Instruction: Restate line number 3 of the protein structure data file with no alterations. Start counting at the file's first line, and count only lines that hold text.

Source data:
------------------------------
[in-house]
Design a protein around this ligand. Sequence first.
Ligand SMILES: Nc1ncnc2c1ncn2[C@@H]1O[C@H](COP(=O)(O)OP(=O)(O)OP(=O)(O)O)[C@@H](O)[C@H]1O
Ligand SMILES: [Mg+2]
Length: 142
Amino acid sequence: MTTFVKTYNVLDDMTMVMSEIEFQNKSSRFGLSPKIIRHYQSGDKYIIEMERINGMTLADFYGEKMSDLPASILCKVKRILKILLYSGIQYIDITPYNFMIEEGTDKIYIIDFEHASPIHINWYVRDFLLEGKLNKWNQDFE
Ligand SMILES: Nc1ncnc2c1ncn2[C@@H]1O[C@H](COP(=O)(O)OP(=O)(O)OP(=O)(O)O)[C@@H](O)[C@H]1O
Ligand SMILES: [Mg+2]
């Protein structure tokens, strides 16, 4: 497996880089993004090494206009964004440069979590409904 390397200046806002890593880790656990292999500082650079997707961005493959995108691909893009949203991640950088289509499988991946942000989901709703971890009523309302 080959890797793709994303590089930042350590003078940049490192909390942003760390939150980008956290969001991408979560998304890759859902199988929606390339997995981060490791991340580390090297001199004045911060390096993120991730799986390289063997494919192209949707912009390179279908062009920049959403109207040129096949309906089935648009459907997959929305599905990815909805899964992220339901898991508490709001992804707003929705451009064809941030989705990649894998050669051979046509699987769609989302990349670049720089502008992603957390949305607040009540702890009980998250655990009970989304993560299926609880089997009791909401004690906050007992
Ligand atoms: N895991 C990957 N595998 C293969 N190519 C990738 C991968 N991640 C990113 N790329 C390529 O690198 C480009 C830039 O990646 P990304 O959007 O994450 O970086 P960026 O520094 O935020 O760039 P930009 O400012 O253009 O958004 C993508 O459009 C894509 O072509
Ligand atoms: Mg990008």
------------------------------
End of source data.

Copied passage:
Ligand SMILES: Nc1ncnc2c1ncn2[C@@H]1O[C@H](COP(=O)(O)OP(=O)(O)OP(=O)(O)O)[C@@H](O)[C@H]1O